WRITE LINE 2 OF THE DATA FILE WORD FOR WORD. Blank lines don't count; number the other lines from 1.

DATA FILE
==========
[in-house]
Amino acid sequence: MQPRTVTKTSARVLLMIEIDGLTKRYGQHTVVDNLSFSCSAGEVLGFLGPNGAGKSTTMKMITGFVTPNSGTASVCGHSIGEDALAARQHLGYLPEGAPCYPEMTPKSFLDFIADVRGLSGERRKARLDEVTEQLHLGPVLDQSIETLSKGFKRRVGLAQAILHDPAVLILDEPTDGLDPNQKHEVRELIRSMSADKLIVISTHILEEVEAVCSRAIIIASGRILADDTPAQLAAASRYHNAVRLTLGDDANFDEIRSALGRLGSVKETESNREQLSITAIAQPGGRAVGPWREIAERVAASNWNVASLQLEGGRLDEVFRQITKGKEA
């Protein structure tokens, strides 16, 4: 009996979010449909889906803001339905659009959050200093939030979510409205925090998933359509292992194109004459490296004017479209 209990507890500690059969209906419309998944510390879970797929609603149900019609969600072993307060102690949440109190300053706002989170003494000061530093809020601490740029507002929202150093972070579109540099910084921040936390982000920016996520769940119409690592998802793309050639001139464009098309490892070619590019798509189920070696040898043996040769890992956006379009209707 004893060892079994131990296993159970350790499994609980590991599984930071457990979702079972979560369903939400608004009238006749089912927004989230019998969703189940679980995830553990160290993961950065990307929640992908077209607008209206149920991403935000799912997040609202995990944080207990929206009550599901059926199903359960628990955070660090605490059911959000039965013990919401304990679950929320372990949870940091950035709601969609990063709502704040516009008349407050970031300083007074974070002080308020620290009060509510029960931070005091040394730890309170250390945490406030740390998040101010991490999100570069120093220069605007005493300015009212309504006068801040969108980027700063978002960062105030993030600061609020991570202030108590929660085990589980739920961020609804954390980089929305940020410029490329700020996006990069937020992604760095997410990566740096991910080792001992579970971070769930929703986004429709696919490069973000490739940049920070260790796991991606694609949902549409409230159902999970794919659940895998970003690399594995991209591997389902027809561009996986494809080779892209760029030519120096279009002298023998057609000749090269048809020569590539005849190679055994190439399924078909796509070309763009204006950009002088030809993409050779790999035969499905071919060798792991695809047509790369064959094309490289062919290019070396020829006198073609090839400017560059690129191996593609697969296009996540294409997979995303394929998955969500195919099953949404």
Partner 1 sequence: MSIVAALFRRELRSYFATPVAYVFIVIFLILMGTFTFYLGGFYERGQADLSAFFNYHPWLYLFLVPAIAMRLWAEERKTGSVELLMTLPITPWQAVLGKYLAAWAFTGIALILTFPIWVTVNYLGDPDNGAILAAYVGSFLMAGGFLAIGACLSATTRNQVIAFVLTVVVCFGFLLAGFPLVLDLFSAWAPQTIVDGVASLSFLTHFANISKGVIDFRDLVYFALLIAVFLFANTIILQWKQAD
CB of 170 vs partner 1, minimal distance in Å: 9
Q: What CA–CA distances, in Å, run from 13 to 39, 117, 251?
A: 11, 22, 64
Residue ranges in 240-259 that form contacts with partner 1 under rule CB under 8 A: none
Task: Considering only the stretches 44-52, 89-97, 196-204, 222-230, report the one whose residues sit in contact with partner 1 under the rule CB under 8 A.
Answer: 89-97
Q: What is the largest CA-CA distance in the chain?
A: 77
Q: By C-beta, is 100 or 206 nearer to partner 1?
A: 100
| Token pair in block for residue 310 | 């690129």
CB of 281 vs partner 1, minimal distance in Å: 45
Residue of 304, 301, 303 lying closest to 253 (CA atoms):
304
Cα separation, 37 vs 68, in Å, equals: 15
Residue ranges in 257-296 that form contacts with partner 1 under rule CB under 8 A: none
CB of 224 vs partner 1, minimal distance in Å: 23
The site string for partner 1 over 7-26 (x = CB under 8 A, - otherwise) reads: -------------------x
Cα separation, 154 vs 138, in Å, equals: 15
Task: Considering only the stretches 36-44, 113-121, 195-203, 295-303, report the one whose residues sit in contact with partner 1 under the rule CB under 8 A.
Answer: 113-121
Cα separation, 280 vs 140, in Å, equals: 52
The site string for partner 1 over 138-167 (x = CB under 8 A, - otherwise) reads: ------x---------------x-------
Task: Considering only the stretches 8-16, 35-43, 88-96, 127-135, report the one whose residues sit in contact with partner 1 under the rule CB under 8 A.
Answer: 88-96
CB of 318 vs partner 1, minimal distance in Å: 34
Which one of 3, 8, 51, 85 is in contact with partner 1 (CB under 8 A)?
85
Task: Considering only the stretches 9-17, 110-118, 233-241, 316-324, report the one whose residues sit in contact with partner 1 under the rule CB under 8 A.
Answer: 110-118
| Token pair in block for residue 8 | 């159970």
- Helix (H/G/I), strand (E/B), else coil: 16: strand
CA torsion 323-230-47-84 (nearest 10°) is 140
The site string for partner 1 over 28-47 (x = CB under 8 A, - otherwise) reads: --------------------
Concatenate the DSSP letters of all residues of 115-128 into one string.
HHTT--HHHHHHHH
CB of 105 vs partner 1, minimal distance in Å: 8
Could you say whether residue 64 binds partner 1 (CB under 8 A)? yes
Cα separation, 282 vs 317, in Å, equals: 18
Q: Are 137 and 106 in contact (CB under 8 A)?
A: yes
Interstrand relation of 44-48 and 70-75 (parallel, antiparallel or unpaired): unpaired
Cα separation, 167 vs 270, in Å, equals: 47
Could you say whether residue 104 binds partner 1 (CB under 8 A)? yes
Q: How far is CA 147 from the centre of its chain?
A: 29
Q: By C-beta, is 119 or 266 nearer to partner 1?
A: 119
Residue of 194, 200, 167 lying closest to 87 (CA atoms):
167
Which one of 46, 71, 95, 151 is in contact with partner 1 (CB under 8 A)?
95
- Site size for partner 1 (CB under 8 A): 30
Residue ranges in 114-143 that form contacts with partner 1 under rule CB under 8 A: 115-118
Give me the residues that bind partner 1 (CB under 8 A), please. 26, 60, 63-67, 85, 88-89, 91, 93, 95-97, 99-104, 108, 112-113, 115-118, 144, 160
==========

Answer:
Amino acid sequence: MQPRTVTKTSARVLLMIEIDGLTKRYGQHTVVDNLSFSCSAGEVLGFLGPNGAGKSTTMKMITGFVTPNSGTASVCGHSIGEDALAARQHLGYLPEGAPCYPEMTPKSFLDFIADVRGLSGERRKARLDEVTEQLHLGPVLDQSIETLSKGFKRRVGLAQAILHDPAVLILDEPTDGLDPNQKHEVRELIRSMSADKLIVISTHILEEVEAVCSRAIIIASGRILADDTPAQLAAASRYHNAVRLTLGDDANFDEIRSALGRLGSVKETESNREQLSITAIAQPGGRAVGPWREIAERVAASNWNVASLQLEGGRLDEVFRQITKGKEA